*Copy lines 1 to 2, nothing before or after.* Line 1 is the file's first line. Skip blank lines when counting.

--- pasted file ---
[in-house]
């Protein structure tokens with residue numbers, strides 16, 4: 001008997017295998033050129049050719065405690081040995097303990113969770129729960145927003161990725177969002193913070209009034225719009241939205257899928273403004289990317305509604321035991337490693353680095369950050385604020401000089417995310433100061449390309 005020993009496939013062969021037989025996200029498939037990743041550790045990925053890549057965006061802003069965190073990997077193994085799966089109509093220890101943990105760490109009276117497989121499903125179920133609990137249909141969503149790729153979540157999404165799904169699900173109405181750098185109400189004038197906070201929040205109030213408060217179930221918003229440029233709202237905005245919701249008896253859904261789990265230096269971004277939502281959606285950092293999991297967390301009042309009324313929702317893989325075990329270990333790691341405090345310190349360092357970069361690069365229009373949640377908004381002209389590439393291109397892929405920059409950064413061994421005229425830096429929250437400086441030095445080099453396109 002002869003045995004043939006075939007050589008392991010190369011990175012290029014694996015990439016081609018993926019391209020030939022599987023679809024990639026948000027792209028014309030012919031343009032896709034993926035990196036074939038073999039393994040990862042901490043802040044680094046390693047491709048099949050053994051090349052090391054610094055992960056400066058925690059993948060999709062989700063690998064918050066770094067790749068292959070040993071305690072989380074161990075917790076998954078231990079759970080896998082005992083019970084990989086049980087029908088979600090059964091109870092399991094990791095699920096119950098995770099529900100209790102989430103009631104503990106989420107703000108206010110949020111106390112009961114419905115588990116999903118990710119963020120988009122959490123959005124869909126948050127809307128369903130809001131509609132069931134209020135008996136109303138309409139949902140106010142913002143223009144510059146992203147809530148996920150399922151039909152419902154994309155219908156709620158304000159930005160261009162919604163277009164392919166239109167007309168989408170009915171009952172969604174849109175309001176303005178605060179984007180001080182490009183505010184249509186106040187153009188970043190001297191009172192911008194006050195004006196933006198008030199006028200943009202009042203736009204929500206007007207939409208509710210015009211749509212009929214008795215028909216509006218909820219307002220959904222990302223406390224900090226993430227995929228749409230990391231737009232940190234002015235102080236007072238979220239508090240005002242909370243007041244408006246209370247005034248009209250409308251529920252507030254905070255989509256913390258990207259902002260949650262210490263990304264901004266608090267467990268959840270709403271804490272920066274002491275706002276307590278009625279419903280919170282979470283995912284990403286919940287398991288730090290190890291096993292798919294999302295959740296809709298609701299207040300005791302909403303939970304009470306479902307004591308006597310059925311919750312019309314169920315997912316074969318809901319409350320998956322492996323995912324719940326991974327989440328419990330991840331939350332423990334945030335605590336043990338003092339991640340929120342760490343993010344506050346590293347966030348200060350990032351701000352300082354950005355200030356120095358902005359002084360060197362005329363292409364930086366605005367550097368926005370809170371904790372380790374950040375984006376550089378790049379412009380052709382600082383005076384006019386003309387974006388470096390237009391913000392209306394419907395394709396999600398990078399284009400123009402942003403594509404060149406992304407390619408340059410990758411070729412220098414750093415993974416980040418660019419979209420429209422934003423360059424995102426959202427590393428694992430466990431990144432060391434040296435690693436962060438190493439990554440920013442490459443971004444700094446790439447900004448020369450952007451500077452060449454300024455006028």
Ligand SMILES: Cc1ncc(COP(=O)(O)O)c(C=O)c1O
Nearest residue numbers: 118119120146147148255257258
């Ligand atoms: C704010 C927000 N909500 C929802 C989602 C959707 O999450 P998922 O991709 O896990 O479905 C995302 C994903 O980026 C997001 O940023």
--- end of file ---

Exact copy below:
[in-house]
């Protein structure tokens with residue numbers, strides 16, 4: 001008997017295998033050129049050719065405690081040995097303990113969770129729960145927003161990725177969002193913070209009034225719009241939205257899928273403004289990317305509604321035991337490693353680095369950050385604020401000089417995310433100061449390309 005020993009496939013062969021037989025996200029498939037990743041550790045990925053890549057965006061802003069965190073990997077193994085799966089109509093220890101943990105760490109009276117497989121499903125179920133609990137249909141969503149790729153979540157999404165799904169699900173109405181750098185109400189004038197906070201929040205109030213408060217179930221918003229440029233709202237905005245919701249008896253859904261789990265230096269971004277939502281959606285950092293999991297967390301009042309009324313929702317893989325075990329270990333790691341405090345310190349360092357970069361690069365229009373949640377908004381002209389590439393291109397892929405920059409950064413061994421005229425830096429929250437400086441030095445080099453396109 002002869003045995004043939006075939007050589008392991010190369011990175012290029014694996015990439016081609018993926019391209020030939022599987023679809024990639026948000027792209028014309030012919031343009032896709034993926035990196036074939038073999039393994040990862042901490043802040044680094046390693047491709048099949050053994051090349052090391054610094055992960056400066058925690059993948060999709062989700063690998064918050066770094067790749068292959070040993071305690072989380074161990075917790076998954078231990079759970080896998082005992083019970084990989086049980087029908088979600090059964091109870092399991094990791095699920096119950098995770099529900100209790102989430103009631104503990106989420107703000108206010110949020111106390112009961114419905115588990116999903118990710119963020120988009122959490123959005124869909126948050127809307128369903130809001131509609132069931134209020135008996136109303138309409139949902140106010142913002143223009144510059146992203147809530148996920150399922151039909152419902154994309155219908156709620158304000159930005160261009162919604163277009164392919166239109167007309168989408170009915171009952172969604174849109175309001176303005178605060179984007180001080182490009183505010184249509186106040187153009188970043190001297191009172192911008194006050195004006196933006198008030199006028200943009202009042203736009204929500206007007207939409208509710210015009211749509212009929214008795215028909216509006218909820219307002220959904222990302223406390224900090226993430227995929228749409230990391231737009232940190234002015235102080236007072238979220239508090240005002242909370243007041244408006246209370247005034248009209250409308251529920252507030254905070255989509256913390258990207259902002260949650262210490263990304264901004266608090267467990268959840270709403271804490272920066274002491275706002276307590278009625279419903280919170282979470283995912284990403286919940287398991288730090290190890291096993292798919294999302295959740296809709298609701299207040300005791302909403303939970304009470306479902307004591308006597310059925311919750312019309314169920315997912316074969318809901319409350320998956322492996323995912324719940326991974327989440328419990330991840331939350332423990334945030335605590336043990338003092339991640340929120342760490343993010344506050346590293347966030348200060350990032351701000352300082354950005355200030356120095358902005359002084360060197362005329363292409364930086366605005367550097368926005370809170371904790372380790374950040375984006376550089378790049379412009380052709382600082383005076384006019386003309387974006388470096390237009391913000392209306394419907395394709396999600398990078399284009400123009402942003403594509404060149406992304407390619408340059410990758411070729412220098414750093415993974416980040418660019419979209420429209422934003423360059424995102426959202427590393428694992430466990431990144432060391434040296435690693436962060438190493439990554440920013442490459443971004444700094446790439447900004448020369450952007451500077452060449454300024455006028």